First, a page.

Here are all the common questions our volunteers ask but if there is anything else you would like to know just reach out to us at firstname.lastname@example.org and we would be more than happy to give you all the information you need.
How long are volunteer trips?
Typical trips take 6 to 9 days excluding air travel. We sometimes customise the trip to suit special volunteer interests or travel needs. For more detail, see a typical sample itinerary at the conclusion of the frequently asked questions section.
What does a typical Volunteer trip itinerary look like?
Each of our trips is unique but a typical itinerary looks similar to this.
Arrive in Phnom Penh and meet the team for dinner.
The group will visit Toul Sleng Museum and Killing Fields and learn about Cambodia’s difficult history. This will help you to understand the local culture. At dusk, we will enjoy a boat trip along the Mekong and see Phnom Penh at night. Followed by dinner at one of the many local restaurants. If you haven’t tasted authentic Cambodian food it is some of the best tasting in the world!
We travel to the outskirts of Phnom Penh to visit Sunrise Children’s Village, play with the kids, and help by hearing their English reading. We will have lunch together with the children and enjoy a concert they will prepare for us. Before leaving we will individually present each orphan with a gift, a unique and special experience for them (and us).
We are off to Siem Reap by Tourist Coach which presents an opportunity to see the country up close. Followed by dinner at one of our favourite restaurants in Siem Reap as we gather for a briefing on what to expect during our house-building adventure the next day.
Day Five and Six
For the next two days, we will be visiting a village and building a house for the expectant family, who have been anxiously awaiting our arrival. At the end of day 6, we will hand over the houses to the family, who are overjoyed to receive their first real house. To us they are very simple houses to them they present a new opportunity in life. Each night we will be enjoying dinner together at one of the many excellent restaurants in Siem Reap the tourist mecca of Cambodia.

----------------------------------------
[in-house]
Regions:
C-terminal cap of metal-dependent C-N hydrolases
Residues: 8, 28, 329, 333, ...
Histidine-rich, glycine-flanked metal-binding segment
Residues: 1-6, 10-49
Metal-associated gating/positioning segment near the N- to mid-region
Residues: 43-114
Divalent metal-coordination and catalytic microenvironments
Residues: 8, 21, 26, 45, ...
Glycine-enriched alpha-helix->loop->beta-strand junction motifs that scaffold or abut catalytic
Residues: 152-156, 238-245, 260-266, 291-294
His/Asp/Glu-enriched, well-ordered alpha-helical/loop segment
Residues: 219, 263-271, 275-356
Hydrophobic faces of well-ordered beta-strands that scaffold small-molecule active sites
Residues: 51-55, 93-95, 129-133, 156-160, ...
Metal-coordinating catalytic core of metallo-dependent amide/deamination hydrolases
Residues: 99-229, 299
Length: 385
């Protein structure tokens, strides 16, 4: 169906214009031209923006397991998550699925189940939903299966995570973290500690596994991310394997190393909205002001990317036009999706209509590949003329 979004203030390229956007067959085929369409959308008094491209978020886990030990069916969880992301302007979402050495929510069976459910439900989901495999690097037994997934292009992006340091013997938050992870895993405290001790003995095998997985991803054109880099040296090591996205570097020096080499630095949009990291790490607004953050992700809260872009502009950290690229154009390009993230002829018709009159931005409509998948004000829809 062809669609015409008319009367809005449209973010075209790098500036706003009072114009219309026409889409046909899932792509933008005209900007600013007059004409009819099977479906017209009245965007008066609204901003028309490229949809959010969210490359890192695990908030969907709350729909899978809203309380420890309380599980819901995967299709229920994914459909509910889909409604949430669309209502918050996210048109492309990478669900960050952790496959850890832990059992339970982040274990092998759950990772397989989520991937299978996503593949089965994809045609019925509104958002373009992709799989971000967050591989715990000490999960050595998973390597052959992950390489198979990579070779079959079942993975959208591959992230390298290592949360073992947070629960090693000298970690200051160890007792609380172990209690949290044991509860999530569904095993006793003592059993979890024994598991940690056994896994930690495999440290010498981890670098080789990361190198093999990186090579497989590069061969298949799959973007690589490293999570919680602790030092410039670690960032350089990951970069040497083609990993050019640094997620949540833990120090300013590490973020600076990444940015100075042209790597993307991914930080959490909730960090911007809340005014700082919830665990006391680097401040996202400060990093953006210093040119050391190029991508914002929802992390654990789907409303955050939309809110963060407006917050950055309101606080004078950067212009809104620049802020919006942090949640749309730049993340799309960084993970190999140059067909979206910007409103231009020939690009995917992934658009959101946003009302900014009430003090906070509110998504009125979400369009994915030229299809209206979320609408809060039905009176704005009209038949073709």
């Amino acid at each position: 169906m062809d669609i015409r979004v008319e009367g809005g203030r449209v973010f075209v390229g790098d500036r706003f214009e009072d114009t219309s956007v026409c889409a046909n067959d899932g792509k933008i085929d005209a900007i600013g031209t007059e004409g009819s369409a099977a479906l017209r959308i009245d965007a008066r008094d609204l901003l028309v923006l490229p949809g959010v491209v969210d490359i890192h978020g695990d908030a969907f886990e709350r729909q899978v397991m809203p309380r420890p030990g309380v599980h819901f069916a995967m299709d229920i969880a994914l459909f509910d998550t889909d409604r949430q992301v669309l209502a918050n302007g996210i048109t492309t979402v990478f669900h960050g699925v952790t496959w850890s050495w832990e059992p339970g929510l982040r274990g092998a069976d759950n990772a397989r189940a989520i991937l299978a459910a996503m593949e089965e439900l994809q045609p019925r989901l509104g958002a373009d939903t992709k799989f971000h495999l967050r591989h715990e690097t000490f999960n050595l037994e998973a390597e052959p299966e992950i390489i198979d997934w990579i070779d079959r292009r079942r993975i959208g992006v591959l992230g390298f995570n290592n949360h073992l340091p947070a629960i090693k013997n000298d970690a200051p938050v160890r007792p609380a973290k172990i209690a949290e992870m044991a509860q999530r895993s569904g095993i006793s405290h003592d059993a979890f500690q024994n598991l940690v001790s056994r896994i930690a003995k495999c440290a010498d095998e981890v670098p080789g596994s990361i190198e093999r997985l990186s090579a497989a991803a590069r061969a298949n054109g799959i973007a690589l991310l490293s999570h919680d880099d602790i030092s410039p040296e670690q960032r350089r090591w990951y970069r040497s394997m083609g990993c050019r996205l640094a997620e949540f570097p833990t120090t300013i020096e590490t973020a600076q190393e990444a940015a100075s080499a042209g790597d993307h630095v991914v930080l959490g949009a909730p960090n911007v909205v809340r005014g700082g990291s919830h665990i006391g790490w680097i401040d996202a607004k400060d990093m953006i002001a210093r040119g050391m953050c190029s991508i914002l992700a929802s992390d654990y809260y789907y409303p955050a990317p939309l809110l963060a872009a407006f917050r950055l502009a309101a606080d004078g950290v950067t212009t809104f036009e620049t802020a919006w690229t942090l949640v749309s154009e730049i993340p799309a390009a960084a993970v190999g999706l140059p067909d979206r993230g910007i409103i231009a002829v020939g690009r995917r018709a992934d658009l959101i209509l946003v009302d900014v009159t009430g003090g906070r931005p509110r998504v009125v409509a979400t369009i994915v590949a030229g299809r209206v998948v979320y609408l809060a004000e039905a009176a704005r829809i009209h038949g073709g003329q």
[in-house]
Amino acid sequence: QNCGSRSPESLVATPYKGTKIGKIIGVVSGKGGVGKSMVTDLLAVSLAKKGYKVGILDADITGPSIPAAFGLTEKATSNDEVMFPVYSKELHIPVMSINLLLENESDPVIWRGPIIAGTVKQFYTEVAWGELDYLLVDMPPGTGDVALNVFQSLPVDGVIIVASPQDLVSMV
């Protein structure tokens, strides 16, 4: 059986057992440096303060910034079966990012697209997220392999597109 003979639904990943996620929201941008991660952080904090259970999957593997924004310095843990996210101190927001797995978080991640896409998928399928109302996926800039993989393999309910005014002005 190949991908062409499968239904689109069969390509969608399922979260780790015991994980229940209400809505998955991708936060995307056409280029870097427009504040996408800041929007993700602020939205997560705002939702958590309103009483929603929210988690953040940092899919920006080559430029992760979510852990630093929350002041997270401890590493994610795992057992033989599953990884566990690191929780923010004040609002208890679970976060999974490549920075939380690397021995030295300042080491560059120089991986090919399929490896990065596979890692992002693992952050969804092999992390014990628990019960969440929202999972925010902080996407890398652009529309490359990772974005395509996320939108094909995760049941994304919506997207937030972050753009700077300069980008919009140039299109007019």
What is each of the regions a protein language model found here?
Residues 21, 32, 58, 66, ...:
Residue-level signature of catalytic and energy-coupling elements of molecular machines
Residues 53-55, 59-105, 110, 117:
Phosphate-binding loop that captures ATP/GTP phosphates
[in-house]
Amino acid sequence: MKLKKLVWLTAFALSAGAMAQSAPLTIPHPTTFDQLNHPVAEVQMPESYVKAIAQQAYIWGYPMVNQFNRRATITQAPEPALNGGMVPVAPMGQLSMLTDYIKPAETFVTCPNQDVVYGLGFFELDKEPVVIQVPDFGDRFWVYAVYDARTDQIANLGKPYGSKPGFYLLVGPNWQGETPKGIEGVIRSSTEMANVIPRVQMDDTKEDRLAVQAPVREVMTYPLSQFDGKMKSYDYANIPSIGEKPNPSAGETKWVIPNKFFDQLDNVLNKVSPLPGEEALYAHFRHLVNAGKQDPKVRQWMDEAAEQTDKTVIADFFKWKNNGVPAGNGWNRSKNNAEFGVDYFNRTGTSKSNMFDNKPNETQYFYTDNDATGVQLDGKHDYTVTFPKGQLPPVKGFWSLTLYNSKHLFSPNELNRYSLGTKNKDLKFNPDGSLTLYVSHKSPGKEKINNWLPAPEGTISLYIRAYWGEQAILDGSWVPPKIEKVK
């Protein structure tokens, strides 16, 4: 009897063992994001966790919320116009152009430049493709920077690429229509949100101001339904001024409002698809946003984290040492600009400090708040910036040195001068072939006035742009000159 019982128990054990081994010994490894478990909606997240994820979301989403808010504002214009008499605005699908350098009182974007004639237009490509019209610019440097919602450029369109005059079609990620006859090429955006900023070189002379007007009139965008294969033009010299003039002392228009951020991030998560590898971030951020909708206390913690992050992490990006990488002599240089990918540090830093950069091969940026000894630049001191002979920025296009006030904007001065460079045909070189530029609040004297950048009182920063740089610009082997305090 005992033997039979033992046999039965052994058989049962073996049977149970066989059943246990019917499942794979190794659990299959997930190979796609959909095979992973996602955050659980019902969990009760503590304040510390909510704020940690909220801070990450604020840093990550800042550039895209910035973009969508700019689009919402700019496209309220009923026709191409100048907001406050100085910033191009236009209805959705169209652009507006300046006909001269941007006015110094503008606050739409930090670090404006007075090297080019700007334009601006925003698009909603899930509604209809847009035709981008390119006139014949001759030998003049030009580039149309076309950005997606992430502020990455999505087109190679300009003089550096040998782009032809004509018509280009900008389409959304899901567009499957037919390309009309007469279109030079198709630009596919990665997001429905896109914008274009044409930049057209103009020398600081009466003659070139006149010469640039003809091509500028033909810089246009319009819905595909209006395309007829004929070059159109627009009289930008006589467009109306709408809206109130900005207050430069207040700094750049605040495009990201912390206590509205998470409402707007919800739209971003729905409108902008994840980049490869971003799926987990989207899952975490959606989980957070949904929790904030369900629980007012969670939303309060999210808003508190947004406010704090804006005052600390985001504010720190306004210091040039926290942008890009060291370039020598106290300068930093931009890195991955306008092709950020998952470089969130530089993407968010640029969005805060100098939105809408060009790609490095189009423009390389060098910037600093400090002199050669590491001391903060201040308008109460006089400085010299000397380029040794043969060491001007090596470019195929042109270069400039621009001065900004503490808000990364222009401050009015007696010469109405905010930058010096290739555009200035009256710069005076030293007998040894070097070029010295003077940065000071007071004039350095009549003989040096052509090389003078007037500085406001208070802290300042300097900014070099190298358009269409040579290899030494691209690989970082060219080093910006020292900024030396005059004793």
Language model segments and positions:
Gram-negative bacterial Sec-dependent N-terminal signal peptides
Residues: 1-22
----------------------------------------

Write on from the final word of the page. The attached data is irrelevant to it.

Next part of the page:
This morning we will visit the Missionaries of Charity and meet the Sisters. Afterward, we drive by minivans to our accommodation in Pailin one of the last strongholds of the Khmer Rouge. We will meet Dr. Samnang director of Cambodia Family Support for Dinner and he will outline the program for the next day.
Today we will visit some of the CFS projects and see firsthand and be amazed at how Dr. Samnang and his small team are able to impact the lives of so many people by motivating them to help each other. In our view, this is the most impactful project in Cambodia. No doubt we will see Animal Bank (the precursor to Cows for Cambodia) and see firsthand the amazing transformation a cow can make to the fortunes of a poor family. In the afternoon we will depart for Battambang (the second-largest city in Cambodia) for dinner and where we will stay for the night.
We return to Siem Reap for a final farewell Lunch. Some will then depart for home, others for other destinations in Asia that are as little as one hour away by air. Many will take advantage of being so close to visit Angkor Watt (One of the wonders of the world).
What skills are needed? I have never used a hammer?
We try to build as Cambodians build so only simple tools are used. Most of our volunteers have rarely if ever lifted a hammer. Some of the team usually have some building skills and the Cambodian builders help us. Don’t let inexperience stop you. You are in for a great experience. One you will remember forever.
What is being a volunteer like?
Most of our volunteers tell us it is the most satisfying experience they have ever had in their life. Many volunteers join future teams and bring family and friends with them because they want to share the experience with others. The bonds and friendships created between volunteers often become lifelong.
What currency does Cambodia use?
Cambodia has its own local currency (the Real). $US1 is R4,000. The most common local note is R1,000 which is worth about 25 cents. So, most prices are quoted in US dollars. The most useful notes are the $US1 and $US5. Anything over $US20 can be problematic in getting it changed. All the prices quoted in the Q and A section are in $US, unless stated otherwise.